I’m amazed — stunned, actually — at the relentlessness of God’s grace.
In my seven-year Bible reading plan, I’m currently in Numbers. The literary and theological center of the book starts around Numbers 16. It’s not pretty. But it reveals a repeated pattern that shows us the severity of sin and the abundance of God’s grace.
A Repeated Pattern
A bunch of well-known leaders rebel against both Moses and Aaron.
Read the chapter and you realize how ugly things got. Accusations, defiance, pride, and conflict: it’s all there, along with its consequences. It’s a key moment in Israel’s history and a discouraging one.
God responds in judgment. The 250 well-known leaders end up dead. The ground opens up and swallows other of the rebels. God puts a reminder in place so the people don’t repeat the mistake.
The next day, the people grumble again. More ugliness. More discouragement. Failure after failure. God’s people just can’t seem to get it right.
And yet God responds with surprising grace.
- In Numbers 17, he reaffirms the priesthood. God provides a way for unholy people to approach a holy God.
- In Numbers 18, he ensures that the priests protect people from his holiness, and he provides for the needs of the priests.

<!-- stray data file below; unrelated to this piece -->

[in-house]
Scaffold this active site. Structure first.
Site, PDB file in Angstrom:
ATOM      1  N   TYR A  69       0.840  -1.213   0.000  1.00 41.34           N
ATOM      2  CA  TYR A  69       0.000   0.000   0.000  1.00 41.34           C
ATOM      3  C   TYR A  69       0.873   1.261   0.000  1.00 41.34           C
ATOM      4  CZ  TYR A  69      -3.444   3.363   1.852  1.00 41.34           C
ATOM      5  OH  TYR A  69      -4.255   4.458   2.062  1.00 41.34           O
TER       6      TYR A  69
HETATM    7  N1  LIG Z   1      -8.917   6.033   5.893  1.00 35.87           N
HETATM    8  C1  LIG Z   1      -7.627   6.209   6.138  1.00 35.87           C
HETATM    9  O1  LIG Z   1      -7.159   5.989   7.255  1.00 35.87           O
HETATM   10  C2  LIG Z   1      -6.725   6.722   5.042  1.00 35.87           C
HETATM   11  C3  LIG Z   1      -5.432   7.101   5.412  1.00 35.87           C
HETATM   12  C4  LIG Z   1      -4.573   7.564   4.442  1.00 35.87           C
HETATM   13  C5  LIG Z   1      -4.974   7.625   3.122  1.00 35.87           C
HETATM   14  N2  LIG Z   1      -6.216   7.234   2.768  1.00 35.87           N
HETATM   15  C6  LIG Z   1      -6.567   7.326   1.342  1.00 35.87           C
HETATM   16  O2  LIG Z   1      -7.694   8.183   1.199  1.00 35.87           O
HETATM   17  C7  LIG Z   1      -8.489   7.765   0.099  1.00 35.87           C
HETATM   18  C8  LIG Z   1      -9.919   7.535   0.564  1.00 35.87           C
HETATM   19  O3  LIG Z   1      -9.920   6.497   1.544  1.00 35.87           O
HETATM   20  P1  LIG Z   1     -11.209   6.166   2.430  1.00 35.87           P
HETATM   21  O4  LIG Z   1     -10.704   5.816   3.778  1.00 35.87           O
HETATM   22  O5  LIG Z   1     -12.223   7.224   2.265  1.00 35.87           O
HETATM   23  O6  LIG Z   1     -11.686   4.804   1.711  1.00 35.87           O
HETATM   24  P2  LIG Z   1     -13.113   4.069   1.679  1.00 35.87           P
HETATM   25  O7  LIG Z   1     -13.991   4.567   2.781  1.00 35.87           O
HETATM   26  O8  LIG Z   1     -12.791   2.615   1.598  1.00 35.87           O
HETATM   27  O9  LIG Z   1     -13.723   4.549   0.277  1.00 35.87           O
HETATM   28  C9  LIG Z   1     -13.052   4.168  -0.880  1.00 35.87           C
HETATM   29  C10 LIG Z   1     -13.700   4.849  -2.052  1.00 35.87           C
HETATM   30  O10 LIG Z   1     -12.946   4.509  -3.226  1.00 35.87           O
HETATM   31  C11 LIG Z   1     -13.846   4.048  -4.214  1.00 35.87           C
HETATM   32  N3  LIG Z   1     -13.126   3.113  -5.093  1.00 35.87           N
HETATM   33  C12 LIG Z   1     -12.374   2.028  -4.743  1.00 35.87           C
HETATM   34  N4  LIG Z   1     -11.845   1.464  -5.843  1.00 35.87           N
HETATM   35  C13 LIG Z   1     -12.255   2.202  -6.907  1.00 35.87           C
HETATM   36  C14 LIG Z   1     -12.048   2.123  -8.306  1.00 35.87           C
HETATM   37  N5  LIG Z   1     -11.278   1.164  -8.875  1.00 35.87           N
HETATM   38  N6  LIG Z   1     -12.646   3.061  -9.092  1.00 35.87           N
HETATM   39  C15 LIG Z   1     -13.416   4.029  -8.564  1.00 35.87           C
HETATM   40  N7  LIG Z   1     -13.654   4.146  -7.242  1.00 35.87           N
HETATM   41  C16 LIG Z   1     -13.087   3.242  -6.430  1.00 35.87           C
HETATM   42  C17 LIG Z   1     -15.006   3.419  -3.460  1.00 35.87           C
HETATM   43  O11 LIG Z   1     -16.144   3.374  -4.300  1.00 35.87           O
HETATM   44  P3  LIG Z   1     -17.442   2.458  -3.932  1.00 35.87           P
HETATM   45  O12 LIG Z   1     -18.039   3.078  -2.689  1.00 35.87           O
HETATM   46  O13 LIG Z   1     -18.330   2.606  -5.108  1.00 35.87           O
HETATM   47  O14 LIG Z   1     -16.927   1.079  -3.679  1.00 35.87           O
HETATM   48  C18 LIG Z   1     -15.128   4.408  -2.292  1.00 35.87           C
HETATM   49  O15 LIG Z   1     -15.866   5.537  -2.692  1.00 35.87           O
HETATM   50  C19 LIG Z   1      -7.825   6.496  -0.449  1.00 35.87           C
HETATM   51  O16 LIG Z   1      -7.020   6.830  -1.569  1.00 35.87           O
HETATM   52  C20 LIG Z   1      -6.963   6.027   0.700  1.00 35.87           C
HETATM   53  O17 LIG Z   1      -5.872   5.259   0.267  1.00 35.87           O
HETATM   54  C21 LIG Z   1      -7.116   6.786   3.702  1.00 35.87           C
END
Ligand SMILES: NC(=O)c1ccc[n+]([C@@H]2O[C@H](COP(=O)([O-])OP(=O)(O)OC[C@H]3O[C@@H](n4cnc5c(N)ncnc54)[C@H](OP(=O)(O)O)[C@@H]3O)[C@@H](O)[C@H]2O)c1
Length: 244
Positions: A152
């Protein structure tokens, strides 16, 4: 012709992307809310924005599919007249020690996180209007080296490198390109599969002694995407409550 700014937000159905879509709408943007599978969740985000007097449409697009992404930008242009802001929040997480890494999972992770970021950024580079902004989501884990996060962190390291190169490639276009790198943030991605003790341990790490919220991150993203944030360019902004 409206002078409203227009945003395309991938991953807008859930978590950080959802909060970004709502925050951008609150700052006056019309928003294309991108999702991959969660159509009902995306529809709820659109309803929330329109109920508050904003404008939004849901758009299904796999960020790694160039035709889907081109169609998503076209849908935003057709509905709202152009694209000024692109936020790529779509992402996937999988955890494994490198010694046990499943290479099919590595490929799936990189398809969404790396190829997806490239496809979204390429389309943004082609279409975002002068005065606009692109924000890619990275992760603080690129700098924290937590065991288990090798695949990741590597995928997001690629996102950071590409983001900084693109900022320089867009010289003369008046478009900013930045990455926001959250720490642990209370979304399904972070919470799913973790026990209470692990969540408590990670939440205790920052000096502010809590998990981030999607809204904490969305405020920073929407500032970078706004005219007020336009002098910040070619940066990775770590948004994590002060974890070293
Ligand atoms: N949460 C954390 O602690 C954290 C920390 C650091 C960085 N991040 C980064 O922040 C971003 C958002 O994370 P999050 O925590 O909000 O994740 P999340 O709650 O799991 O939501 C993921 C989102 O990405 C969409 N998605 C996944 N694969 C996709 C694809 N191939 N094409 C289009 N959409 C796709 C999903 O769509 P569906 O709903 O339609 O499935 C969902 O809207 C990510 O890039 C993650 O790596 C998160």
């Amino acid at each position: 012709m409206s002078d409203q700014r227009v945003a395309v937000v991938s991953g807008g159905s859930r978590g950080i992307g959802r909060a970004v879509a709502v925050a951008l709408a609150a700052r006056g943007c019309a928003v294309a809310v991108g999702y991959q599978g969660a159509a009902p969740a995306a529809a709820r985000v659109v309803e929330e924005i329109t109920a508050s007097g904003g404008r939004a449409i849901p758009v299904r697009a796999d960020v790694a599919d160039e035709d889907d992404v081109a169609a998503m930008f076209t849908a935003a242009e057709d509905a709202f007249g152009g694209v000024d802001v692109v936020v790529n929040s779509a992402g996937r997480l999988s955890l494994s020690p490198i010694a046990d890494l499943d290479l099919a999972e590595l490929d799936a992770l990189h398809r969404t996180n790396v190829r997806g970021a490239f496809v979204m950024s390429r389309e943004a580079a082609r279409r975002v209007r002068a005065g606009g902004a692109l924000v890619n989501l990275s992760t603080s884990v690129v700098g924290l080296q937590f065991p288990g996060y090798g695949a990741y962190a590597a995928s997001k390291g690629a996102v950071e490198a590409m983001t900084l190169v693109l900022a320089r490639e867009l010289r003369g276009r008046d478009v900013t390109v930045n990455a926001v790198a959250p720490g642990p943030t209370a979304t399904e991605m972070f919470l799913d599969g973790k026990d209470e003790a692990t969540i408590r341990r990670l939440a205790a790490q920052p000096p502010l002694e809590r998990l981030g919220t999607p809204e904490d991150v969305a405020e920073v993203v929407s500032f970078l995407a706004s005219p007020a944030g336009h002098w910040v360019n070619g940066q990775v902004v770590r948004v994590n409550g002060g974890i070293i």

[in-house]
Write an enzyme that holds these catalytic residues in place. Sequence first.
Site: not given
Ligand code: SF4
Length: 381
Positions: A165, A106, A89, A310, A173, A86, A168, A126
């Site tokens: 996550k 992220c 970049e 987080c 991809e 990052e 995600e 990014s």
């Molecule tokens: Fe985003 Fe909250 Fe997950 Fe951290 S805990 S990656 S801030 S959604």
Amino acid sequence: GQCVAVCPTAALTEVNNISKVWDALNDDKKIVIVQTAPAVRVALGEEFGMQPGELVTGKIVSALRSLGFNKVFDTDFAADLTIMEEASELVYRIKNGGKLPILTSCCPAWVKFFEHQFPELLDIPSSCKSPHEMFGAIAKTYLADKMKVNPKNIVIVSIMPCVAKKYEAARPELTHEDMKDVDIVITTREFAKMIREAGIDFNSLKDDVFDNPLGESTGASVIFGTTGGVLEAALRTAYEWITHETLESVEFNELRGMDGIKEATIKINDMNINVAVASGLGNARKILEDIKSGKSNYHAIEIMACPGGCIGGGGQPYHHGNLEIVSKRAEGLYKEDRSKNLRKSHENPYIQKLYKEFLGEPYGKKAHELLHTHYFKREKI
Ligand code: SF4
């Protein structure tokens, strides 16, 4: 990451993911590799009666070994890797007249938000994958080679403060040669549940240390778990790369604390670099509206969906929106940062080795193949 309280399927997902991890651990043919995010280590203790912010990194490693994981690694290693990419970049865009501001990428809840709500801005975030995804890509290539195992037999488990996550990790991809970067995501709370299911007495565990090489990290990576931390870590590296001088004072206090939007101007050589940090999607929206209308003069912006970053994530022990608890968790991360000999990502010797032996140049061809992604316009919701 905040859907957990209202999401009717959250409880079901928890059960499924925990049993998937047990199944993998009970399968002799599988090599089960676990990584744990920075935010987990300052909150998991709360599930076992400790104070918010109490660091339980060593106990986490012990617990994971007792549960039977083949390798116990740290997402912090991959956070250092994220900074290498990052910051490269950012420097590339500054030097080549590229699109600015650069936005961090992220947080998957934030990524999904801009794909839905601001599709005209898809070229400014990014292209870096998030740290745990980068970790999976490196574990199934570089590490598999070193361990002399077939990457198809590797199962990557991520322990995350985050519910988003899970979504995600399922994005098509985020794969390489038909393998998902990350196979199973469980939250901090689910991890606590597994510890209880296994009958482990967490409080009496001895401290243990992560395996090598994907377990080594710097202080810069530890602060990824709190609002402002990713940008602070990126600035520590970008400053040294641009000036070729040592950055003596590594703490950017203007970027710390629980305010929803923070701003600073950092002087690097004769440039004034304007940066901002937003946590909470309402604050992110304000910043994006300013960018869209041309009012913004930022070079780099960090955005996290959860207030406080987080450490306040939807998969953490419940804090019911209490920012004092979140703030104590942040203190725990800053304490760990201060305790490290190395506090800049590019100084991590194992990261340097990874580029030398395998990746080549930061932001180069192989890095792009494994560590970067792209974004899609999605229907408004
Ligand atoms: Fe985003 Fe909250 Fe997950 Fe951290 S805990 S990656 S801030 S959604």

- In Numbers 19, he provides cleansing for the impurity of his people.
It’s not the first time this pattern appears in Numbers. In Numbers 14, Israel doubts God, and then compounds their failure with presumption. Things look bleak. In Numbers 15, God turns a new page and provides instructions on sacrifices. He has every reason to abandon his people, but he keeps on coming back with grace.
All of this has me thinking.
Don’t skip over books like Numbers. I’ve heard so many people say that they do well in their Bible reading in Genesis and Exodus, but then get stuck in Leviticus and Numbers. Don’t be one of these people. Leviticus and Numbers pop off the page. They’re not boring at all. Find good tools if you need them, but don’t miss the stories, the tension, the drama of God’s grace.
Take sin seriously. Sin damages everything it touches. It’s ugly. Reading Leviticus and Numbers reminds us of the severity and consequences of sin, and also how prone we are to fall into it. Never treat sin casually. Never underestimate its ability to destroy you.
As you take sin seriously, revel in God’s grace. The sweet spot for the follower of Christ is a holy fear of God’s holiness coupled with a deep appreciation for his grace. The fear keeps us from sin; the appreciation of his grace keeps us from despair. Run as far away as you can from sin, but run as fast as you can to your Savior. You need him, and he’s made ample provision for you.
I’m so grateful for Numbers. I need to read stories of God’s relentless grace. I need to see the ugliness of sin and the danger it poses to my life. And then I need to see God, holy and gracious, judging sin and yet providing grace to the sinner. That’s the God of Numbers. That’s the God I need.